The scale of the crisis is unfathomable: the skies of Sao Paulo darkened with smoke from the Amazon aflame thousands of miles away. A terrifying climate double whammy is upon us: As the forest burns, the trees release stored carbon in the form of greenhouse-gas-inducing carbon dioxide; and as these forests vanish, we lose the carbon-storing potential of the trees. It may seem there’s nothing we in the United States can do, but the drivers of this destruction, including agribusiness and their financiers, are more closely connected to us than we may realize—heightening our responsibility to act.
In response to the global fury at these fires, Brazilian President Jair Bolsonaro has played up his nationalist rhetoric: What right does the rest of the world have to tell us what to do with our forests? But this is not about foreigners telling Brazilians what to do with their natural resources. This is about people around the world standing up for the Amazon’s globally vital ecosystems in solidarity with indigenous people who call those forests home.
The most recent report from the Intergovernmental Panel on Climate Change made clear that the global food system is a significant contributor to the climate crisis, to the tune of nearly one-third of all emissions.
Most of that is from what climate experts call “land use change,” when, for instance, formerly biodiverse Indonesian peatland is converted into plantations for oil palm destined for the bellies of cars in the form of biodiesel fuel or the bellies of people in the form of processed foods. Or when carbon-rich rain forest is cleared to make way for cattle or soy destined for industrial meat operations around the world. Land-use change is on hyperdrive as the Amazon burns.
There are as many as 80,000 fires blazing in Brazil, more than half of them in the Amazon. The Brazilian minister of the environment may be tweeting that the fires are driven by “dry weather, wind, and heat,” but experts disagree. “The blazes are surging in a pattern typical of forest clearing, along the edges of the agricultural frontier,” Science magazine reported. This deforestation has been encouraged, in turn, by Bolsonaro, who has repeatedly said the Amazon should be open for business—for mining, logging, and agricultural purposes.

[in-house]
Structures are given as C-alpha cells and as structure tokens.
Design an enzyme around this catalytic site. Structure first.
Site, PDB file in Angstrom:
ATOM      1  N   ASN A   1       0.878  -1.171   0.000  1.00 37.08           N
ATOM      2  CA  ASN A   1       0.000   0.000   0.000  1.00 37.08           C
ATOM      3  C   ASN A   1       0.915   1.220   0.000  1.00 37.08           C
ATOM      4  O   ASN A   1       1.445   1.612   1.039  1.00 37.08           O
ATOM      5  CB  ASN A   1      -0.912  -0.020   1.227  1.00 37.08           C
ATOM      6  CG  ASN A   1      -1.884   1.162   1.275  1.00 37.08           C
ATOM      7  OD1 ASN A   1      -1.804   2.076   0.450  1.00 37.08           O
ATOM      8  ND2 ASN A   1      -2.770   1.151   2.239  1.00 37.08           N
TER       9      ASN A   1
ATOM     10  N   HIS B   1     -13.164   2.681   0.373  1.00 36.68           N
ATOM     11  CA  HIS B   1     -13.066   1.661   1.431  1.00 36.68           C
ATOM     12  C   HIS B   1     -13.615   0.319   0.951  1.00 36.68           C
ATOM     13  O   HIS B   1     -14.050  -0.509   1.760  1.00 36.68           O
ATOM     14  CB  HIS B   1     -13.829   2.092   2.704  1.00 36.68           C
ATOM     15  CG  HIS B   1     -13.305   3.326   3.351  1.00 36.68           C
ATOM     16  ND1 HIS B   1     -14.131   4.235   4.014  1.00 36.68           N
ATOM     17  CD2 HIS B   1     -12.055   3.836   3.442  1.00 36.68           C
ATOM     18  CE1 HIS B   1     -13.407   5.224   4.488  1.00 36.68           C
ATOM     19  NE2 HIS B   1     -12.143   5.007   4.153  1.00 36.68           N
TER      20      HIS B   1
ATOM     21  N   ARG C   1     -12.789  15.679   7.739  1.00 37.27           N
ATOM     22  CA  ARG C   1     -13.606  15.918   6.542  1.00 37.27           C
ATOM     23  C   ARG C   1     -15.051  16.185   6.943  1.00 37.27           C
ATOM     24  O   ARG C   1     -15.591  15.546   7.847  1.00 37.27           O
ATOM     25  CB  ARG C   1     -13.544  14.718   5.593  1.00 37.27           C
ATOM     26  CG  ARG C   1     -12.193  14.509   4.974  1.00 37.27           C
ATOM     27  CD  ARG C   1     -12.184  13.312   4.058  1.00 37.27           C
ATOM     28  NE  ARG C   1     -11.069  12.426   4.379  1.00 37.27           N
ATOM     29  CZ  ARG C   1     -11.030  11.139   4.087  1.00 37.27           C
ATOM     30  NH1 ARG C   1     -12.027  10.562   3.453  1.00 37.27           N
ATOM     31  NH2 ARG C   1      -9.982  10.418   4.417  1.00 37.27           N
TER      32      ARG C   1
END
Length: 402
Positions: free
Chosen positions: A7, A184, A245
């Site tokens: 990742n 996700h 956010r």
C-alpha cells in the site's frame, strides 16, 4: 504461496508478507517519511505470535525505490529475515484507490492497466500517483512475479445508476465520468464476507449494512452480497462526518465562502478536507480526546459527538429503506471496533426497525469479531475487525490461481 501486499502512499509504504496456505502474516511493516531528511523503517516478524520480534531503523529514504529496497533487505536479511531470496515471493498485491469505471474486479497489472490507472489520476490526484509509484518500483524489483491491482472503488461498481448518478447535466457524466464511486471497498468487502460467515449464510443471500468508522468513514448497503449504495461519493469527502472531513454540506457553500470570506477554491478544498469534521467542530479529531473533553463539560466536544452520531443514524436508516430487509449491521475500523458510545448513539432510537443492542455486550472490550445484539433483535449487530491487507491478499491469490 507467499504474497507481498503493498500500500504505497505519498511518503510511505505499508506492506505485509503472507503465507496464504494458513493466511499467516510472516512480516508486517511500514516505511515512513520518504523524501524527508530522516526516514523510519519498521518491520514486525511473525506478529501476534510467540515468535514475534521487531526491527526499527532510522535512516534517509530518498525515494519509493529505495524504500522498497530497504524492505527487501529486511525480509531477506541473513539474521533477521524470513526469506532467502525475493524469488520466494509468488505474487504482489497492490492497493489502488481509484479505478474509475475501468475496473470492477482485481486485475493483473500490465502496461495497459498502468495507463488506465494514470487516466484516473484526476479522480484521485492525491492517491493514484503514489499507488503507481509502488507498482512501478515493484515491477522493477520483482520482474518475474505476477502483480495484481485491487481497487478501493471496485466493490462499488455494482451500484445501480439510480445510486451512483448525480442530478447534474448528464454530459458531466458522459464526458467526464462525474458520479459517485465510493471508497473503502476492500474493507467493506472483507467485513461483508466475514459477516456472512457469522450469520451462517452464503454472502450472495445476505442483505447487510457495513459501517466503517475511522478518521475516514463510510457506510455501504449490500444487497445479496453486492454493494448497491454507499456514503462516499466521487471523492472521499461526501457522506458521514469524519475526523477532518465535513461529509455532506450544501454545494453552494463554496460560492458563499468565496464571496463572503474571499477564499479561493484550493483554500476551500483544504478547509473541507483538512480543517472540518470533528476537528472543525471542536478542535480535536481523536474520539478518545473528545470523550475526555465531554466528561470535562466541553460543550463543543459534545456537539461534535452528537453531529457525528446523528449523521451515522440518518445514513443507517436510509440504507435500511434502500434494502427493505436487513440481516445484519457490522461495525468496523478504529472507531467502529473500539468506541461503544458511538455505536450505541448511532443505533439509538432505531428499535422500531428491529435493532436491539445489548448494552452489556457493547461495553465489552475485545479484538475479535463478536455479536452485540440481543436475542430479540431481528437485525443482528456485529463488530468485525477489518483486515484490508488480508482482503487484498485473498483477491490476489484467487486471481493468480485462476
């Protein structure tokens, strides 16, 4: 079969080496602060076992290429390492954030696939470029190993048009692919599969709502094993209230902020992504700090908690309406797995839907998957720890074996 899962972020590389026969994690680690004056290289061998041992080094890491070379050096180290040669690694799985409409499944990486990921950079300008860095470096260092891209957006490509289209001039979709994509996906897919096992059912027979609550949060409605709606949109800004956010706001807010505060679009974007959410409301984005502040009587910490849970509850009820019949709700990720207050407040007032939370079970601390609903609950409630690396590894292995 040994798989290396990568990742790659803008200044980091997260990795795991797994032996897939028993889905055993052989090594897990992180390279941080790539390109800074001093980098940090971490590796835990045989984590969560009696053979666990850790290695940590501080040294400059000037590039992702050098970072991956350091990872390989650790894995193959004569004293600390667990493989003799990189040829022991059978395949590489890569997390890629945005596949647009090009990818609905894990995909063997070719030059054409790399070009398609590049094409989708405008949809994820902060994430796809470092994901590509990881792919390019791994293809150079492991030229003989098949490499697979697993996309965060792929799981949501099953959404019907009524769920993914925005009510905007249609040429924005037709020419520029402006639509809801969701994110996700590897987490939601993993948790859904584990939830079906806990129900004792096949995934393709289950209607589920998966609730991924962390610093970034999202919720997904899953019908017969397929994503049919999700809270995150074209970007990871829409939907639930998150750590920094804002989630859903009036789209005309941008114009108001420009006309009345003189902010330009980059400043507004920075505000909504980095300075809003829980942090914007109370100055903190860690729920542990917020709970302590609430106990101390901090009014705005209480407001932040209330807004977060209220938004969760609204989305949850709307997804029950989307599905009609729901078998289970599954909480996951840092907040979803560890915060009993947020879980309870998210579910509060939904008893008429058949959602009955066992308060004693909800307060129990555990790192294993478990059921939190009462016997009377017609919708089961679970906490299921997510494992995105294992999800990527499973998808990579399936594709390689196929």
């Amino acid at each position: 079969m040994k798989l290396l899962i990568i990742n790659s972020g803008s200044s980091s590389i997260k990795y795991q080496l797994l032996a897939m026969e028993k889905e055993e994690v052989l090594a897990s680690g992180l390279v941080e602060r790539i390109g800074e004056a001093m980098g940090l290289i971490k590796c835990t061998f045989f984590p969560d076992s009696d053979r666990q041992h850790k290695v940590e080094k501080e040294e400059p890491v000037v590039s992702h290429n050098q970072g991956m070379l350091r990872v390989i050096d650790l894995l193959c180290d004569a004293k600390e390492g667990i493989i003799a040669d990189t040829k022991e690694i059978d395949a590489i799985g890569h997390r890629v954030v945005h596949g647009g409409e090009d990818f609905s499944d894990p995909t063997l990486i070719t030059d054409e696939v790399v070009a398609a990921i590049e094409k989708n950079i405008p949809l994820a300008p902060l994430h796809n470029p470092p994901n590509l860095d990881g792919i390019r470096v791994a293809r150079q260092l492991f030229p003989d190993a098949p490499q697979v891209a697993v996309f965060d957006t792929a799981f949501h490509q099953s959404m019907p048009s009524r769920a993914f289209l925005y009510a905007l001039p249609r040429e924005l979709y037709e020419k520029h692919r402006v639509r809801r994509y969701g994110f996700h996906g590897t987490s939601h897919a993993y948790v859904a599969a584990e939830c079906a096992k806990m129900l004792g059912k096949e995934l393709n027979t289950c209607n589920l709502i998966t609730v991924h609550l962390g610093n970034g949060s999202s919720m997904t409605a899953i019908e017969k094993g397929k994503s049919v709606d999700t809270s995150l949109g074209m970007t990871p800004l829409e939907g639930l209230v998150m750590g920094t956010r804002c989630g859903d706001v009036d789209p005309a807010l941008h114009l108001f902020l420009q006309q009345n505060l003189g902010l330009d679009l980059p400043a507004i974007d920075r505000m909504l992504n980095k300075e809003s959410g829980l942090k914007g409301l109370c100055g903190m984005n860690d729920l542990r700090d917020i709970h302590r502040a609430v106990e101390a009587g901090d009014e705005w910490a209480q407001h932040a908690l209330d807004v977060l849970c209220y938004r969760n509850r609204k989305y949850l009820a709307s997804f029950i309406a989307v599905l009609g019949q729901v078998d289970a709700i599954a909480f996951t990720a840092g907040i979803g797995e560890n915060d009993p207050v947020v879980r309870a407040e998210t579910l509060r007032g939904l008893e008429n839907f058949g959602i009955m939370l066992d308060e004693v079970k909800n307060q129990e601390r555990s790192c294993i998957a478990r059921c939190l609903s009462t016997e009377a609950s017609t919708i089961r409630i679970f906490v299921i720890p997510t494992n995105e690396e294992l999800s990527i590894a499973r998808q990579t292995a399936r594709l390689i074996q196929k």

But this isn’t just about one rogue head of state. To get to the underlying forces of much of the world’s deforestation, from the lush Amazonian rain forest or the carbon-rich peatlands of Indonesia, you need to follow the money: Who is profiting from the development that led to these fires?
Earlier this year, the U.S-based nonprofit Amazon Watch, which has worked closely with indigenous groups in South America for 20 years, published an analysis showing that “foreign investors have enormous influence over what happens in the Brazilian Amazon … Big banks and large investment companies play a critical role, providing billions of dollars in lending, underwriting, and equity investment.”
These investors have helped stoke the growth of the beef and soy industry in Brazil, irresponsibly and inexorably, regardless of their intention, putting the Amazon in the crosshairs of agribusiness. In recent years, Brazil has emerged as the world’s largest exporter of beef and soy.
Brazil accounts for roughly 20 percent of the global beef-export market. Together, Brazil and its nearest rival, the United States, account for 83 percent of the global soy export; its biggest markets are found in the EU and China. (As trade wars intensify between the United States and China, observers worry that demand for these Brazilian products will only grow.) Cattle ranching accounts for 80 percent of rain-forest destruction in Brazil, according to the Yale School of Forestry. As the soy-export market grows, so does demand for land to grow the commodity—another key driver of deforestation.